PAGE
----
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What Jobs Should You Apply To?

03.14.14   |   Job Search & Career   |   Sean Cashman, Division Manager at Treeline, Incorporated

On a job search and wondering where to startI receive resumes across my desk every day…e.v.e.r.y.d.a.y.  Some of them are good, some of them not so much.  Some of the resumes come with a note telling me what they are looking for. Some of them come to me with no name nor contact information on them…seriously. And some of them come to me in response to a job posting that they saw and would like to be considered for that role in particular. I want to take a few minutes to talk about these resumes and people who send them.

In your job search, it is important to not only identify the job opportunities that you are interested in, but to also make sure you possess the appropriate qualifications the company is looking for. If you are not doing this simplest of exercises, you will not only end up frustrating yourself, but also the company that you are applying to.

For example, if this company is looking for 5+ years of technology sales experience selling into C-Level IT Decision Makers. And you have 5+ years of customer service for a retail organization, you are probably NOT the right fit for this role.  Now, you are probably saying to yourself, “I know I don’t have the exact professional experience but I could definitely do this job…not even a question.”

Unfortunately, it doesn’t matter. That thought process still won’t make you the perfect fit for the role.

Harsh, right?!  So is the job market and I am writing about this because I want to help you get where you want to go in your career.  And the first step is to define what you want to do.

What is motivating you to make a career move? Is it to make more money, grow into a management role, change industries, or have a better work/life balance? Or maybe it’s a combination of all of them.  Whatever it is, you need to define it and once it is defined, build a strategy to get there.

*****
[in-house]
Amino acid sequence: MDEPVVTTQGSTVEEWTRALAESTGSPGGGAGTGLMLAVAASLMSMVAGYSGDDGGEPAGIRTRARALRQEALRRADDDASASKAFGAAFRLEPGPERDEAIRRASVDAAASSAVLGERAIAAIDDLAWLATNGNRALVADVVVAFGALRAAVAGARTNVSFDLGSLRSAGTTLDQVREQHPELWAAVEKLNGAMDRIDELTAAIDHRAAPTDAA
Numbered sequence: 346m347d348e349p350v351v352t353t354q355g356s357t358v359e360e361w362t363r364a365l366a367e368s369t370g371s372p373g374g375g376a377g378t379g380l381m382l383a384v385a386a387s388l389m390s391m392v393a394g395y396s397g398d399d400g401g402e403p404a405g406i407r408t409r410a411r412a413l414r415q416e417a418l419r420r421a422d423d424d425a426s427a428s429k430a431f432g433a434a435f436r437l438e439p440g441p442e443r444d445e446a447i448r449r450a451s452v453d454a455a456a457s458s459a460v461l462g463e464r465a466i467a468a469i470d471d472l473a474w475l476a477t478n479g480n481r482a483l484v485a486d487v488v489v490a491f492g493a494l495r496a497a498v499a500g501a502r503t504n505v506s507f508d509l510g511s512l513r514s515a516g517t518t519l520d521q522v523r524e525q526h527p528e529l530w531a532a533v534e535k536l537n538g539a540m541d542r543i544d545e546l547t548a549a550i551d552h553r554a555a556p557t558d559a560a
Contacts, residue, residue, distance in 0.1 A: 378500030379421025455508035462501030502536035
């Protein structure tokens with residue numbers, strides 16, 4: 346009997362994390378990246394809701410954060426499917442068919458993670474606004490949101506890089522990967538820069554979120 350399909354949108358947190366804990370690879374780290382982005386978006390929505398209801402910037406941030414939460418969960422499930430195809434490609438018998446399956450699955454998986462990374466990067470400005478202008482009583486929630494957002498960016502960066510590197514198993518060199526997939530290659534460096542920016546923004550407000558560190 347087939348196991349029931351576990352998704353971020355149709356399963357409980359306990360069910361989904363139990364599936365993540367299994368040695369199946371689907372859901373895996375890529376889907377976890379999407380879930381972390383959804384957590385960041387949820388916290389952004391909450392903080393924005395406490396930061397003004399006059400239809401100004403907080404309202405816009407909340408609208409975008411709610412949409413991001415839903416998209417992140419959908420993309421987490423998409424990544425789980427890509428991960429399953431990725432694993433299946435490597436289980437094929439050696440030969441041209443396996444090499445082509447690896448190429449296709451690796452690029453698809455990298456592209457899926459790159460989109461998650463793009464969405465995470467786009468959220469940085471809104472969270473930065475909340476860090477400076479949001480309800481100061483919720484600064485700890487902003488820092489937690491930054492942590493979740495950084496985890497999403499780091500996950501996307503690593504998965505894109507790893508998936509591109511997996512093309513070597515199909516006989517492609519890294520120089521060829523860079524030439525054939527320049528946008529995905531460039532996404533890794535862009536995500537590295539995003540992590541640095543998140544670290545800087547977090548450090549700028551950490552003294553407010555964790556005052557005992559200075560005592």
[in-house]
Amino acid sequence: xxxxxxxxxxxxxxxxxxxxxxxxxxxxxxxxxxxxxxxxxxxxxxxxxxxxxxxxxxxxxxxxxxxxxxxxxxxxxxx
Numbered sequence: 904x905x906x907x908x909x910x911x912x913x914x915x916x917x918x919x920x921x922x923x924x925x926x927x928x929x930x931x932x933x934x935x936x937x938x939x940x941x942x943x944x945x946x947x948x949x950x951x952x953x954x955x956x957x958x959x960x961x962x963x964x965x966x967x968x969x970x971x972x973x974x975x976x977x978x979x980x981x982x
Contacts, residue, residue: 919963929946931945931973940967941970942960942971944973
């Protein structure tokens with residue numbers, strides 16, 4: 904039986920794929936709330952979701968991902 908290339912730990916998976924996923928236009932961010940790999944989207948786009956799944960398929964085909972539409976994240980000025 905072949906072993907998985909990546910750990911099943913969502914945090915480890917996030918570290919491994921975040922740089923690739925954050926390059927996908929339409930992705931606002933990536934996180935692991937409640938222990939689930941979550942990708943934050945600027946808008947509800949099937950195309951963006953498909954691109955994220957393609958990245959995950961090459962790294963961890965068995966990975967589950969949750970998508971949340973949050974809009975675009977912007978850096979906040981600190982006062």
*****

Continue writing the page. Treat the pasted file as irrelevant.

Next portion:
If you want to advance your career into a different industry, you should be comfortable with taking a step back in order to achieve that.  Is that a certainty? No, but it is a strong possibility. If you are looking to move into a leadership role and you have not led a team yet, your next role will most likely not be in leadership, but you should look at opportunities that offer growth OR stay where you are until you are promoted into leadership. Then it will be easier to make a move into another leadership role. My point is that a company that is looking for someone to lead their team, is going to want to hire someone who has led a team already.  If they are going to give someone a shot, it will probably be someone who already works there.

Now, do not misinterpret this. I still want candidates to aim high and be aggressive.  These are traits in all the best candidates I work with.  But, my best candidates are also very realistic.  Have goals and map out a way to accomplish them. Once you have defined what you are looking for in your next opportunity, it will be easier for you to identify it, and easier for you to get a chance to interview for it.

If you are having difficulty defining the next step for your career, visit us at www.treeline-inc.com and get started. 

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